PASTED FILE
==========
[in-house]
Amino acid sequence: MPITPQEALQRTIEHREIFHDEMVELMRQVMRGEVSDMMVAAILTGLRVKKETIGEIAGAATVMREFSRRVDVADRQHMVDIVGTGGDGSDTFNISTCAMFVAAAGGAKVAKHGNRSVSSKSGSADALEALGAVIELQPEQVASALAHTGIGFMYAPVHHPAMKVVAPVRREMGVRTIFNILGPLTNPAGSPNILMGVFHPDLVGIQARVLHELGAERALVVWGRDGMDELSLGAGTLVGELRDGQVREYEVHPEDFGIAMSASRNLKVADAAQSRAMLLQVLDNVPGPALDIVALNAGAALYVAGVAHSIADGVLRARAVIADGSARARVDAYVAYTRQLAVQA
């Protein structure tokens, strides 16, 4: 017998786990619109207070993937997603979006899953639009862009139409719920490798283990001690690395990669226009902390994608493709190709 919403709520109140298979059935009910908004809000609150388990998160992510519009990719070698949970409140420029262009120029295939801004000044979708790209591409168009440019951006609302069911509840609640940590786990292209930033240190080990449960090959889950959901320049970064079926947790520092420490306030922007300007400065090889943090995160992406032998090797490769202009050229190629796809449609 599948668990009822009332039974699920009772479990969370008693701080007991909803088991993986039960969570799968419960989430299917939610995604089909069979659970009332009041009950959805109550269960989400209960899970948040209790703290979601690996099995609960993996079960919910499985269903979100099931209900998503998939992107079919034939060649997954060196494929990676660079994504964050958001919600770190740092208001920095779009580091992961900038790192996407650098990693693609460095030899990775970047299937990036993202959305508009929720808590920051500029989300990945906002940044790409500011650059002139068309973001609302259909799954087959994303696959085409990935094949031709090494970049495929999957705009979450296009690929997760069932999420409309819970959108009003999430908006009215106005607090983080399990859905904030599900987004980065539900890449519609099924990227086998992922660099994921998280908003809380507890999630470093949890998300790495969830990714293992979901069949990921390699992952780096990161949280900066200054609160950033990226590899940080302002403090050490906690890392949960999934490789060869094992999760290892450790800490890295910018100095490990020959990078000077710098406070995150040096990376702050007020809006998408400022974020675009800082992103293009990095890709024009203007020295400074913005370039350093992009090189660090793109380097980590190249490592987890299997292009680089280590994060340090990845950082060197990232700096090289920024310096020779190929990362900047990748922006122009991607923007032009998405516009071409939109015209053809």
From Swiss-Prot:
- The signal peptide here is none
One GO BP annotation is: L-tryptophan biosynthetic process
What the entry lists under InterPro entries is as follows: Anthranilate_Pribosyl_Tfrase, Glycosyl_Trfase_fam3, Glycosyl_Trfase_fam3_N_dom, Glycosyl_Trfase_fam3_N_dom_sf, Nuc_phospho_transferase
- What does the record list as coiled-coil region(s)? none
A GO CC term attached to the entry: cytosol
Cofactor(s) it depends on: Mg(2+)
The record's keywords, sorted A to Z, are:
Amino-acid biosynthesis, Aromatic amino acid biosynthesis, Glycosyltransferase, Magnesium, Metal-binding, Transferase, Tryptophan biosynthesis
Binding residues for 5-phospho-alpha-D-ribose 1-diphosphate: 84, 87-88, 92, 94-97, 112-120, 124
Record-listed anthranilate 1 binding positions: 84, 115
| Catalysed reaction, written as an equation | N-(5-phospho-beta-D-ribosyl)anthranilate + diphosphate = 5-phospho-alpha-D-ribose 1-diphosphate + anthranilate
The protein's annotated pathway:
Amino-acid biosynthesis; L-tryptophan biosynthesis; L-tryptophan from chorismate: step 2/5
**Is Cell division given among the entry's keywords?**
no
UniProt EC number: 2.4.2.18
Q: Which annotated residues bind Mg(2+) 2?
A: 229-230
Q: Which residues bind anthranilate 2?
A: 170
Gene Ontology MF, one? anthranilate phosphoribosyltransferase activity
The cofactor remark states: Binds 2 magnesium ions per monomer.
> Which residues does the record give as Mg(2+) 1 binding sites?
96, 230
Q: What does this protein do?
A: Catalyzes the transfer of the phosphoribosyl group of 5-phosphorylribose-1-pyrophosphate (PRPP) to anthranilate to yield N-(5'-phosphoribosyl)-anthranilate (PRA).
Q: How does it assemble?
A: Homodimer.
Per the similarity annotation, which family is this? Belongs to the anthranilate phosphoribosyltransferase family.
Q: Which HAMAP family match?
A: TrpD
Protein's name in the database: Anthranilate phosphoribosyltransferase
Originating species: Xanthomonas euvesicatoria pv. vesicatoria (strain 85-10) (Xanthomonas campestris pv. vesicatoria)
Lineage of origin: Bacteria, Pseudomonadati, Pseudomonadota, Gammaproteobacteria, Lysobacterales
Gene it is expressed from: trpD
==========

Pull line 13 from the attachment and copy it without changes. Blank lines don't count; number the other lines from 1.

Binding residues for 5-phospho-alpha-D-ribose 1-diphosphate: 84, 87-88, 92, 94-97, 112-120, 124